Vellard sips her coffee, letting the idea of ambush sink in.
"So they placed Prentiss behind a tree with a gun that he'd actually borrowed from a friend," she continues. "And when Bonnie and Clyde drove up, Prentiss shot the first shot – and the second shot, I believe – and it killed Clyde immediately. And Bonnie started screaming, and then everybody went nuts. My grandfather said Prentiss told him that everybody that had come out as part of the enforcement, that were waiting there with guns? They were scared half out of their minds and they were drinking whiskey – because they all thought they were gonna die. Because everybody else that had anything to do with Bonnie and Clyde was dead. So everybody went a little crazy."
I'm wondering about the Ed Pinkston connection here, and I'm about to go a little crazy.
"Well," says Vellard, "when Ed heard that, he goes, 'Listen to this.' And he tells me that his great-grandfather worked in agriculture and would drive around a lot to do his work. And he was driving in a car, that day, on that same road, and the car was identical to the car that Bonnie and Clyde were in: same model, same color. So Ed's grandfather drives up and sees all this smoke. And he just rolls into it, and, because he couldn't really see, he stops – and he was the first outside person to come upon the scene. And my great-uncle Prentiss went over to the car and told him, 'If you had arrived five minutes earlier, you'd be a dead man.' Or something to that effect. And Prentiss said, 'Here's a souvenir for you.' And he handed him a pistol out of Bonnie's purse."
Um ... what?
"Ed's great-grandfather kept the gun," says Vellard, nodding. "But he didn't tell anybody, because he didn't wanna get anybody in trouble. And then his son kept it, and – eventually, Ed got the gun. And we'd heard this story for so long, from my grandfather, but had no idea who the man was, the one that Prentiss had given the gun to. And I'd known Ed for a long time before this ever came out. So we were all shocked – because, what a coincidence."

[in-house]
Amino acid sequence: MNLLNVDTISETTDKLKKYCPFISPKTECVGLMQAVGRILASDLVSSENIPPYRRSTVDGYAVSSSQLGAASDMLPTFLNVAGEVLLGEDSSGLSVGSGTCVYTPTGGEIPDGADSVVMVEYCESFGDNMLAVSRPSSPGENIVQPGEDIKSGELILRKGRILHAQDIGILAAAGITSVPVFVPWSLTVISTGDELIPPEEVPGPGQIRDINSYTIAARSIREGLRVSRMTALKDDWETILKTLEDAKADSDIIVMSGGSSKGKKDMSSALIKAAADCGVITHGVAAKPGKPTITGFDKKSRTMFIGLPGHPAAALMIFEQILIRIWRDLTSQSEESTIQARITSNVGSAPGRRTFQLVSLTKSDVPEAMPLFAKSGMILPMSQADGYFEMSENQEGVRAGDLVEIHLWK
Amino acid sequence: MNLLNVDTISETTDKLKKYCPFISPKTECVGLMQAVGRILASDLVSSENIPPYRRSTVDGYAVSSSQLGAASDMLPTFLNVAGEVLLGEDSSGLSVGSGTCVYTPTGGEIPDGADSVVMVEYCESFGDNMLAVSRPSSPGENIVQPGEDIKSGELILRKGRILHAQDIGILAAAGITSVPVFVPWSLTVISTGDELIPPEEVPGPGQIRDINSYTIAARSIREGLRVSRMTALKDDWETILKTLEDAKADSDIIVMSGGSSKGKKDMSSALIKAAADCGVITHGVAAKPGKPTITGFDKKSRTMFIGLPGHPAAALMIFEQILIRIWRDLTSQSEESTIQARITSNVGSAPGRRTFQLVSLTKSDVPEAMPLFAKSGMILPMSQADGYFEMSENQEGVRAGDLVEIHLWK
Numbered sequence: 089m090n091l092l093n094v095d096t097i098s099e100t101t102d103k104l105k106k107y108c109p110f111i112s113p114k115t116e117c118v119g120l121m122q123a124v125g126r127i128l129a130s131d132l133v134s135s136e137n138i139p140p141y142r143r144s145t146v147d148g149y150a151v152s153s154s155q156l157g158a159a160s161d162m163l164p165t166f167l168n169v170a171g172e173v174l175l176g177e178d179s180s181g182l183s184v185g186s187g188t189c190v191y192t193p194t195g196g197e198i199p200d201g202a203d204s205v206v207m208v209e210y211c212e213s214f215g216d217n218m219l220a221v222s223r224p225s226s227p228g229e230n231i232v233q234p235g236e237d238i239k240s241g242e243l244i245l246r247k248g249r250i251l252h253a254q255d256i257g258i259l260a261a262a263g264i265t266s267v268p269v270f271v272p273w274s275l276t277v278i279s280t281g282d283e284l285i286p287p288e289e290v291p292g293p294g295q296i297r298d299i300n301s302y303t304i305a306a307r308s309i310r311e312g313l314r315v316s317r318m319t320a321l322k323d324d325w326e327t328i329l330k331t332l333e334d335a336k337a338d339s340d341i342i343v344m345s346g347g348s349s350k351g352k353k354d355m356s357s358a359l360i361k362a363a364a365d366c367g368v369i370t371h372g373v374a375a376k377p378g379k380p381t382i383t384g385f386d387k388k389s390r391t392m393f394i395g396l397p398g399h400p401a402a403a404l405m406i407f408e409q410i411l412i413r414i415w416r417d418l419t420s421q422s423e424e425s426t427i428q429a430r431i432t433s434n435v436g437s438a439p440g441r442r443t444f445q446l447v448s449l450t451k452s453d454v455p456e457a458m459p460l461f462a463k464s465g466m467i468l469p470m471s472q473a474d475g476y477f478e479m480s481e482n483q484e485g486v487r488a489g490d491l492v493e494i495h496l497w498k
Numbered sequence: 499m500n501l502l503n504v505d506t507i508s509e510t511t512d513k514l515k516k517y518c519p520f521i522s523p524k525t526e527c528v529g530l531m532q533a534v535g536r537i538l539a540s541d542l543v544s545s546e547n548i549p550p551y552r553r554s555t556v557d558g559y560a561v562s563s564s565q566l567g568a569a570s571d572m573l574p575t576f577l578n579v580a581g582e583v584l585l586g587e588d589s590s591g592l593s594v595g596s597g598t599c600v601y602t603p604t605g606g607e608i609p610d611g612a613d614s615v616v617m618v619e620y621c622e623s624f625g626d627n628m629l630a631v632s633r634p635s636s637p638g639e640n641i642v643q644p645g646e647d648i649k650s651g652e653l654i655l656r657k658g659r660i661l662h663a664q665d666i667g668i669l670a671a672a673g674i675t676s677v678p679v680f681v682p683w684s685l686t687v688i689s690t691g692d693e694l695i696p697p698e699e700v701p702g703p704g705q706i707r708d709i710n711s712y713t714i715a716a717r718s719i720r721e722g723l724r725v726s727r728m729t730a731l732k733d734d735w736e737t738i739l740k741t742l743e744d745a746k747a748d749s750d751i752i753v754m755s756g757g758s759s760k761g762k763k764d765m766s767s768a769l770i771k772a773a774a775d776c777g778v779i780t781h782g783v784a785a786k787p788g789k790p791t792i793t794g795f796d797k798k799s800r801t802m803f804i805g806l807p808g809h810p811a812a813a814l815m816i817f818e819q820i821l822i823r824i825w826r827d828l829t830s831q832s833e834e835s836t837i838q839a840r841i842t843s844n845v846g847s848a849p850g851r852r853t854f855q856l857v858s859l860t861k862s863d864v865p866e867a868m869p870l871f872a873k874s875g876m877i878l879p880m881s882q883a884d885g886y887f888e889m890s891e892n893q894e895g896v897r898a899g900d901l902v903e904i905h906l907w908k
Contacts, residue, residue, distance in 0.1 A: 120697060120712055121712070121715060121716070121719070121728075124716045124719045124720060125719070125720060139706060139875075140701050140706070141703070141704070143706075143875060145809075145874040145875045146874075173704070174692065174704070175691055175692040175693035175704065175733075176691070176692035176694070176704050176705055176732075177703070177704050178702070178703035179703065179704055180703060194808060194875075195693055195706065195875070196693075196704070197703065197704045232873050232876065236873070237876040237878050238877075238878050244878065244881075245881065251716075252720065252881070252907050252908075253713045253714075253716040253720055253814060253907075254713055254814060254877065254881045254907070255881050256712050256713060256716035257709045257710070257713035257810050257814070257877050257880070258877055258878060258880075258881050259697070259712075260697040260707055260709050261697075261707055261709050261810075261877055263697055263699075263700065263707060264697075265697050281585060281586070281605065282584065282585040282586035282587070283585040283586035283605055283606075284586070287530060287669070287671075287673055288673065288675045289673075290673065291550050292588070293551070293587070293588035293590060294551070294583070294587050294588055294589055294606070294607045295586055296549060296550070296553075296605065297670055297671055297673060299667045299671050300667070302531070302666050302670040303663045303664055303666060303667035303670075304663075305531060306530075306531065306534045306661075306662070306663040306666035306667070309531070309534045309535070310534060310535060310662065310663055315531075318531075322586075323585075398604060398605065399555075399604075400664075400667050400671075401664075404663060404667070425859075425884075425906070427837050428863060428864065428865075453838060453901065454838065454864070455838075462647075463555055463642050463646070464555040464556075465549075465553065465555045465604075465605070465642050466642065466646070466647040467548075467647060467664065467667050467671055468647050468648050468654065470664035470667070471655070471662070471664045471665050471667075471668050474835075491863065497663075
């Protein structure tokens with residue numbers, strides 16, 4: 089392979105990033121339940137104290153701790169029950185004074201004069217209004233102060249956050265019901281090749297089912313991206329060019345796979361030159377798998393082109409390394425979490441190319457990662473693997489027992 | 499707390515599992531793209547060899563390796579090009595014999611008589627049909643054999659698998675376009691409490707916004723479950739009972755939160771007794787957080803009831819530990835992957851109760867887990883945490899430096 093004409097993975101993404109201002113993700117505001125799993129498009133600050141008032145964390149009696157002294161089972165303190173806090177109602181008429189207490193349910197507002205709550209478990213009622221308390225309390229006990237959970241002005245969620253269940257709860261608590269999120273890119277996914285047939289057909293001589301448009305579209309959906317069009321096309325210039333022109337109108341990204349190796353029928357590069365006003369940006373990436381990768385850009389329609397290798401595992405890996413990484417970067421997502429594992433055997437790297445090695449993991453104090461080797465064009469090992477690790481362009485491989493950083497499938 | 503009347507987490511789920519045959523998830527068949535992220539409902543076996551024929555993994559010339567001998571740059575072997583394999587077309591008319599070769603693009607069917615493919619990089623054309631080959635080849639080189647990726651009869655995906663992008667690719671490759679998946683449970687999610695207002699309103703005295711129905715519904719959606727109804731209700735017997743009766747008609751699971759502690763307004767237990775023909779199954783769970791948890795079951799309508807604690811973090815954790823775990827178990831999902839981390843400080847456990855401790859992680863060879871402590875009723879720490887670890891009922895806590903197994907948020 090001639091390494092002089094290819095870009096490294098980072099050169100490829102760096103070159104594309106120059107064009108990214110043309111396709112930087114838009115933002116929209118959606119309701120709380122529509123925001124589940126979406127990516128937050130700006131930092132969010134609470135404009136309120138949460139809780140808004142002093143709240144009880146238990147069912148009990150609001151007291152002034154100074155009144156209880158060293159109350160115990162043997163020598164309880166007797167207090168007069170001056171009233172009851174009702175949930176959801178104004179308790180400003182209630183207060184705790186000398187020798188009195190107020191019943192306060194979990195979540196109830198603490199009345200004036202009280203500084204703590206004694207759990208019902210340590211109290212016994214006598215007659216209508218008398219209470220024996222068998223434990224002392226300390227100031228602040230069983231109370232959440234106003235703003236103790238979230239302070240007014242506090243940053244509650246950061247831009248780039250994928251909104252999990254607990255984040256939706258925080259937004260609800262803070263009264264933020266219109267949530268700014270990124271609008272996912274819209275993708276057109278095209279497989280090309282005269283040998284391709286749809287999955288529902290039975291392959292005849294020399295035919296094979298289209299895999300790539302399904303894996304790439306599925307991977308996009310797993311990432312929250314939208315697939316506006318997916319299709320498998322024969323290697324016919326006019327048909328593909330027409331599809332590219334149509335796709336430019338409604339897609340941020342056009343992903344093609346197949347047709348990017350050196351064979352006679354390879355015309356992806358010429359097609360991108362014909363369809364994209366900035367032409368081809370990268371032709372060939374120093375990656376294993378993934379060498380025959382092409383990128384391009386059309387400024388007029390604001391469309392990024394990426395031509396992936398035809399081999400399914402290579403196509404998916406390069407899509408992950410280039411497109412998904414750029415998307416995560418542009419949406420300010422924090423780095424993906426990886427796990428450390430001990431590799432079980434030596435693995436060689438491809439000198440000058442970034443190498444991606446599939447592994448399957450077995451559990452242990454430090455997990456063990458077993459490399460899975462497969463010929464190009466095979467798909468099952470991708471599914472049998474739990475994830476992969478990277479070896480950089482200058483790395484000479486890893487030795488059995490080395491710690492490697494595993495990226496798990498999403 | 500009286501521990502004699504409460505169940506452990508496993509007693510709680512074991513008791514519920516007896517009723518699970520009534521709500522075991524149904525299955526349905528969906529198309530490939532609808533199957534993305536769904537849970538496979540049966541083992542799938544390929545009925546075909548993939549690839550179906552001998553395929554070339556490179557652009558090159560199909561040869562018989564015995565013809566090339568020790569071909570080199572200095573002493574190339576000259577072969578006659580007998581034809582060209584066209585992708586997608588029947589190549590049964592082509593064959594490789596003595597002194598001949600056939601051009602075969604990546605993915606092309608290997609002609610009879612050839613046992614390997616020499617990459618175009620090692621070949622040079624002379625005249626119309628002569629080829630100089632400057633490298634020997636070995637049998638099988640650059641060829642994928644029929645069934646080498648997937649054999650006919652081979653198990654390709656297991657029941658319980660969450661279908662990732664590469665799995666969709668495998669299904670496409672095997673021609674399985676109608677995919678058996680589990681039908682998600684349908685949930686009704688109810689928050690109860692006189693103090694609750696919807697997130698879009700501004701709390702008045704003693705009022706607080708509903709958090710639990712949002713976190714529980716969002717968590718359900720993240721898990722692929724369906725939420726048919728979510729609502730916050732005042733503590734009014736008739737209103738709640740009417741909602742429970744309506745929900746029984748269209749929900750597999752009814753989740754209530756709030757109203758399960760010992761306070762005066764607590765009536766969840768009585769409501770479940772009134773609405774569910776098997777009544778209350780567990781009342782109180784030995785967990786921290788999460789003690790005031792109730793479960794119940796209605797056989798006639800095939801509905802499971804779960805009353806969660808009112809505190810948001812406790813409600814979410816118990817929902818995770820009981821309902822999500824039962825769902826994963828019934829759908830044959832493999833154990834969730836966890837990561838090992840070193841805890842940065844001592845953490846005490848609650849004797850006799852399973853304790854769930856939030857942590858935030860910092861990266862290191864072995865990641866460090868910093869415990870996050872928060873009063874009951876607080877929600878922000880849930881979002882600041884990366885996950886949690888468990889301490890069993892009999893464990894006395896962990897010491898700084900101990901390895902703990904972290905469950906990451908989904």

But, hold on, Prentiss took the gun –
"He took it from Bonnie's purse," says Vellard, nodding. "That's what my grandfather said Prentiss told him. He took it from Bonnie's purse and handed it to Ed's grandfather at the scene. Prentiss was really disturbed by not being able to say 'Halt,' and that he had probably killed a woman. He never got over that; it was a haunting thing. And when they took the car into town – it was covered with bullet holes, the bodies still in there – people went crazy. Bonnie and Clyde were so notorious at the time, people just went crazy. They started grabbin' things out of the car, grabbing at their clothes to tear off a piece."
I've just torn a small chunk off my chicken katsu, and I focus on it for a moment: moist and tender on the end of my fork. "That's, uh, that's incredible," I tell Vellard.
"Anyway," she continues, "a little time goes by, and then Ed contacts me and says, 'We've decided we wanna sell this gun, put it at auction. But we need you to verify it, to document the story that your grandfather told you that Prentiss told him.'"
And Vellard – and her father, Charles E. Amman – documented the story and had those documents notarized and filed in Ouachita Parish, La. And so, in the fullness of time ...
"Ed did in fact sell the gun at auction," says Vellard. "I'm not sure of the amount, but it was somewhere in the $30,000 range, maybe a little over that."
Not bad for a purloined pistol – a 1908 .25-caliber Colt automatic, to be specific – that a very lucky Louisiana man handed down to his son, who kept it in the sock drawer of his bureau for 50 years before his son, Kathy Vellard's friend Ed Pinkston, finally inherited it.
And now, dear reader, you know what happened to Bonnie Parker's gun.